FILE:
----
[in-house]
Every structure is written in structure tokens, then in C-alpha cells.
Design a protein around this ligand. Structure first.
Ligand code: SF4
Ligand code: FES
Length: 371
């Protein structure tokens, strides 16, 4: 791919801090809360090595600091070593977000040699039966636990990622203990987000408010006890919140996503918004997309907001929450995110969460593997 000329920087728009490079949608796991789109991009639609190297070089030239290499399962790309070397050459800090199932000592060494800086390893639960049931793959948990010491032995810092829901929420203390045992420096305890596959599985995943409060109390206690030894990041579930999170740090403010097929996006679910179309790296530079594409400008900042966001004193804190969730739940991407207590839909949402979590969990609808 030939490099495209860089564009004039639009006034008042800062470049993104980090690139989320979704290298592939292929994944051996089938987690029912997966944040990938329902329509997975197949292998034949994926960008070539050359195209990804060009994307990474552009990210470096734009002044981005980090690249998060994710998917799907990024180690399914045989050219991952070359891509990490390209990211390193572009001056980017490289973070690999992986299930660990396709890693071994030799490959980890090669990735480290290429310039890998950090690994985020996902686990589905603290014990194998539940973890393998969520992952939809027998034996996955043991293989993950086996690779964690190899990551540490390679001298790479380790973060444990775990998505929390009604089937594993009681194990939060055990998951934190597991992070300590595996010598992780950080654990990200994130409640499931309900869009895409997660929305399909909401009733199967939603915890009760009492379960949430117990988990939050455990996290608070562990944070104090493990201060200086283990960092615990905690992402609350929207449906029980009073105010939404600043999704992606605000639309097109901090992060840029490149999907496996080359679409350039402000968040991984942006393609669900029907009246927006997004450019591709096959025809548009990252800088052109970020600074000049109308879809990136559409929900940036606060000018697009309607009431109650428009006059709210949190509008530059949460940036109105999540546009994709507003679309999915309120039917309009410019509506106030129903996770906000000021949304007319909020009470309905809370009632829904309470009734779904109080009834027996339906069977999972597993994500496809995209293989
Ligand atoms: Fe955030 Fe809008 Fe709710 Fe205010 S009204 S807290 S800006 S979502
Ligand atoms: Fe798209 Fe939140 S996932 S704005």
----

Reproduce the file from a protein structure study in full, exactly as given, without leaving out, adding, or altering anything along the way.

[in-house]
Every structure is written in structure tokens, then in C-alpha cells.
Design a protein around this ligand. Structure first.
Ligand code: SF4
Ligand code: FES
Length: 371
């Protein structure tokens, strides 16, 4: 791919801090809360090595600091070593977000040699039966636990990622203990987000408010006890919140996503918004997309907001929450995110969460593997 000329920087728009490079949608796991789109991009639609190297070089030239290499399962790309070397050459800090199932000592060494800086390893639960049931793959948990010491032995810092829901929420203390045992420096305890596959599985995943409060109390206690030894990041579930999170740090403010097929996006679910179309790296530079594409400008900042966001004193804190969730739940991407207590839909949402979590969990609808 030939490099495209860089564009004039639009006034008042800062470049993104980090690139989320979704290298592939292929994944051996089938987690029912997966944040990938329902329509997975197949292998034949994926960008070539050359195209990804060009994307990474552009990210470096734009002044981005980090690249998060994710998917799907990024180690399914045989050219991952070359891509990490390209990211390193572009001056980017490289973070690999992986299930660990396709890693071994030799490959980890090669990735480290290429310039890998950090690994985020996902686990589905603290014990194998539940973890393998969520992952939809027998034996996955043991293989993950086996690779964690190899990551540490390679001298790479380790973060444990775990998505929390009604089937594993009681194990939060055990998951934190597991992070300590595996010598992780950080654990990200994130409640499931309900869009895409997660929305399909909401009733199967939603915890009760009492379960949430117990988990939050455990996290608070562990944070104090493990201060200086283990960092615990905690992402609350929207449906029980009073105010939404600043999704992606605000639309097109901090992060840029490149999907496996080359679409350039402000968040991984942006393609669900029907009246927006997004450019591709096959025809548009990252800088052109970020600074000049109308879809990136559409929900940036606060000018697009309607009431109650428009006059709210949190509008530059949460940036109105999540546009994709507003679309999915309120039917309009410019509506106030129903996770906000000021949304007319909020009470309905809370009632829904309470009734779904109080009834027996339906069977999972597993994500496809995209293989
Ligand atoms: Fe955030 Fe809008 Fe709710 Fe205010 S009204 S807290 S800006 S979502
Ligand atoms: Fe798209 Fe939140 S996932 S704005």